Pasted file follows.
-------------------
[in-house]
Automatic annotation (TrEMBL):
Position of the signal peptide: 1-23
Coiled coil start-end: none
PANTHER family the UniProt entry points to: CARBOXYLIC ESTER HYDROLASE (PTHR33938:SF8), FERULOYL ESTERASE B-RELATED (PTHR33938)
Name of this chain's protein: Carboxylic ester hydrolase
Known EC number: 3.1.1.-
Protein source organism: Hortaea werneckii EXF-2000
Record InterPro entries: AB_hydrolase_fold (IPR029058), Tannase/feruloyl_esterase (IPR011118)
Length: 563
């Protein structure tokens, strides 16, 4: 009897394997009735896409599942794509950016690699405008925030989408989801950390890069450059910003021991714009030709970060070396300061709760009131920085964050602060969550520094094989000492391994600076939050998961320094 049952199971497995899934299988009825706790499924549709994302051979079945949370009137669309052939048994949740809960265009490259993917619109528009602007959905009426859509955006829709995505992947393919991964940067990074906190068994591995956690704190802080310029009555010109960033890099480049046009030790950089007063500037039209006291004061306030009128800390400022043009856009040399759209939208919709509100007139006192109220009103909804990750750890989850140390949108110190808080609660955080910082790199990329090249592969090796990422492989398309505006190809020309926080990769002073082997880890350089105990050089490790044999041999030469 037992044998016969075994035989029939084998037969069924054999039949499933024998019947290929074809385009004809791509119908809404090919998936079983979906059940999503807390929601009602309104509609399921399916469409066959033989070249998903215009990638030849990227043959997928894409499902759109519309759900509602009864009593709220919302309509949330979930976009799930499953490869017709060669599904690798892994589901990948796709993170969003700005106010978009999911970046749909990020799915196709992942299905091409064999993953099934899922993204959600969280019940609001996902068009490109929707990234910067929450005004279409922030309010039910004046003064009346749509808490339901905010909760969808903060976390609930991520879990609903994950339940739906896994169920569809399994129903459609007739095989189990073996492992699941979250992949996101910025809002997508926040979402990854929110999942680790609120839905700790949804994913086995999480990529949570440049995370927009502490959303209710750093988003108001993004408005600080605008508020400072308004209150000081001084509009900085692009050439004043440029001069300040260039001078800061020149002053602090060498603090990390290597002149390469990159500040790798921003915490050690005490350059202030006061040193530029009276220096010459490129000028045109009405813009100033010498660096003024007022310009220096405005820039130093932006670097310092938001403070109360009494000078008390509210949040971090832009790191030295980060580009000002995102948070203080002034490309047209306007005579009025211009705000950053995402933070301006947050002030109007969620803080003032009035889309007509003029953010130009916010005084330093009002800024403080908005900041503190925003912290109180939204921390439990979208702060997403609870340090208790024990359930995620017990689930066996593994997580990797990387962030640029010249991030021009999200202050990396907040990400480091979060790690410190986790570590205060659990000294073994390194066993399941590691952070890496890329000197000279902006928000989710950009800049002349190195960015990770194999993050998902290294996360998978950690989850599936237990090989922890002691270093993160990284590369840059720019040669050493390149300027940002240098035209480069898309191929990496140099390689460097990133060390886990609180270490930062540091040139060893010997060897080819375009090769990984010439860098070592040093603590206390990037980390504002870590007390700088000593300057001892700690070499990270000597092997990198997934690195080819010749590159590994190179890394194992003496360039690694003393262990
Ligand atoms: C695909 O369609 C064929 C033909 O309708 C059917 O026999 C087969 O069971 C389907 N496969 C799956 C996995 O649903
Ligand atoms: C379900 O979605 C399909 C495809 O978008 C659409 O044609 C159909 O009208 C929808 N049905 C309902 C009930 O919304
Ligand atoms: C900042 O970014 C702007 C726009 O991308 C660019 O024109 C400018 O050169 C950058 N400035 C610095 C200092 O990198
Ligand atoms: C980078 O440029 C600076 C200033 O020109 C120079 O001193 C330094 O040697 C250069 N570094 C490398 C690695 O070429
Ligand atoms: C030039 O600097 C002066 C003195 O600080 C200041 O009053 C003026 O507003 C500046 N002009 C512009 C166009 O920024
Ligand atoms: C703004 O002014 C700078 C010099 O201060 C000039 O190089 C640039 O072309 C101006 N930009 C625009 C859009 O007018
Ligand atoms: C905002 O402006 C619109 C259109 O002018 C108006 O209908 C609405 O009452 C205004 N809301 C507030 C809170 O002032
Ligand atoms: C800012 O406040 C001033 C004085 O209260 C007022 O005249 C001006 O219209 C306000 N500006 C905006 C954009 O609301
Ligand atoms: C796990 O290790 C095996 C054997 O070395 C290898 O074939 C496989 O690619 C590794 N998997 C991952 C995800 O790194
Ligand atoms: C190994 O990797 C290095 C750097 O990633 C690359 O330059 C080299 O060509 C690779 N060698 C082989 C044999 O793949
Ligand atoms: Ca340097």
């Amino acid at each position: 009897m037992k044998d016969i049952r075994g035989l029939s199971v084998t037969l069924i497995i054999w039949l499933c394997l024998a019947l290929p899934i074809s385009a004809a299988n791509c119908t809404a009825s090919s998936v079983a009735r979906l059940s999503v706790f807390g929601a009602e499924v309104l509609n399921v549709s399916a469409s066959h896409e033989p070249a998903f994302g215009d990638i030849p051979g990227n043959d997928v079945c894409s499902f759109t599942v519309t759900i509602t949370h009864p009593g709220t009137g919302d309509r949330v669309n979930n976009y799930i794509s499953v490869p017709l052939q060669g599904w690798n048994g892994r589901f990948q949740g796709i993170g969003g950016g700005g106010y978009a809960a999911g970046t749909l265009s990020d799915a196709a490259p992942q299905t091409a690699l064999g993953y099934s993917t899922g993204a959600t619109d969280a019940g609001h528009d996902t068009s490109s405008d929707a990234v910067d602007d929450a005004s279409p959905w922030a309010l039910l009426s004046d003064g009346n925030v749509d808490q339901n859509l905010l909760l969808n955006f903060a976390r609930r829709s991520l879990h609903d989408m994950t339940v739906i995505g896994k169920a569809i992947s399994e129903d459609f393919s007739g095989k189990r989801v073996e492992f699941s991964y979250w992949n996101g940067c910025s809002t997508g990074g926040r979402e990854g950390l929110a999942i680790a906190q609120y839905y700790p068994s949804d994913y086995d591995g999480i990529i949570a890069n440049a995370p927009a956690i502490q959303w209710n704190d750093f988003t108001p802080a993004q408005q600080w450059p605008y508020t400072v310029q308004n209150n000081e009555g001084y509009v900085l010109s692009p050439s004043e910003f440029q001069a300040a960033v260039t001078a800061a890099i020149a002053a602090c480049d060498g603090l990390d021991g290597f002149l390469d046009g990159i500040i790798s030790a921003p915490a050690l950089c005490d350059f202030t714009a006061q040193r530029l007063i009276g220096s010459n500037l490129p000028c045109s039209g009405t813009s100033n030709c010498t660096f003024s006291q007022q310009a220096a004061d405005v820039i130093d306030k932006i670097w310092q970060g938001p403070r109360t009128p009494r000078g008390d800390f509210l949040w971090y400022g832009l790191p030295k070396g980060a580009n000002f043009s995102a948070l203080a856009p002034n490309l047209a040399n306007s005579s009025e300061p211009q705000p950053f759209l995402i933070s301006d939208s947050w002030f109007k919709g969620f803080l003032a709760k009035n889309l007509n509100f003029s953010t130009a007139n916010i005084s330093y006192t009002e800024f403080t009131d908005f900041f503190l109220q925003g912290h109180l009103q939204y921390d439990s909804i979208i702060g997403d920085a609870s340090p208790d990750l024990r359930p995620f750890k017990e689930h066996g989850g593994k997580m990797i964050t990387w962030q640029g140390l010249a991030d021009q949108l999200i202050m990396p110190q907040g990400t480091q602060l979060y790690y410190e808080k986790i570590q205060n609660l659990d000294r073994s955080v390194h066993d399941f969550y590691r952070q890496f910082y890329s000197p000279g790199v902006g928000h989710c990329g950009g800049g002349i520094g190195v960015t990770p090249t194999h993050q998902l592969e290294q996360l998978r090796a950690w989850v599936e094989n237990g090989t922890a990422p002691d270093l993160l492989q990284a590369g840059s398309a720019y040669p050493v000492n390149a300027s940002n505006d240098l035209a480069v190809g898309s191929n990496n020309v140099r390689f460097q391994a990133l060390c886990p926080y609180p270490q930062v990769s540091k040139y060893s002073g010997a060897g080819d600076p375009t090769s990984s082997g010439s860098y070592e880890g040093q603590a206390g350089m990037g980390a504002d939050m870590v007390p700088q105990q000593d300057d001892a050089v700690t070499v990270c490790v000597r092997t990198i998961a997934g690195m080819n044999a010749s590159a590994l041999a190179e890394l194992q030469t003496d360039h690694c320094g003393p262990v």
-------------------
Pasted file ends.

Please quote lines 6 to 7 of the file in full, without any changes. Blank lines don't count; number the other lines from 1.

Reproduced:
Name of this chain's protein: Carboxylic ester hydrolase
Known EC number: 3.1.1.-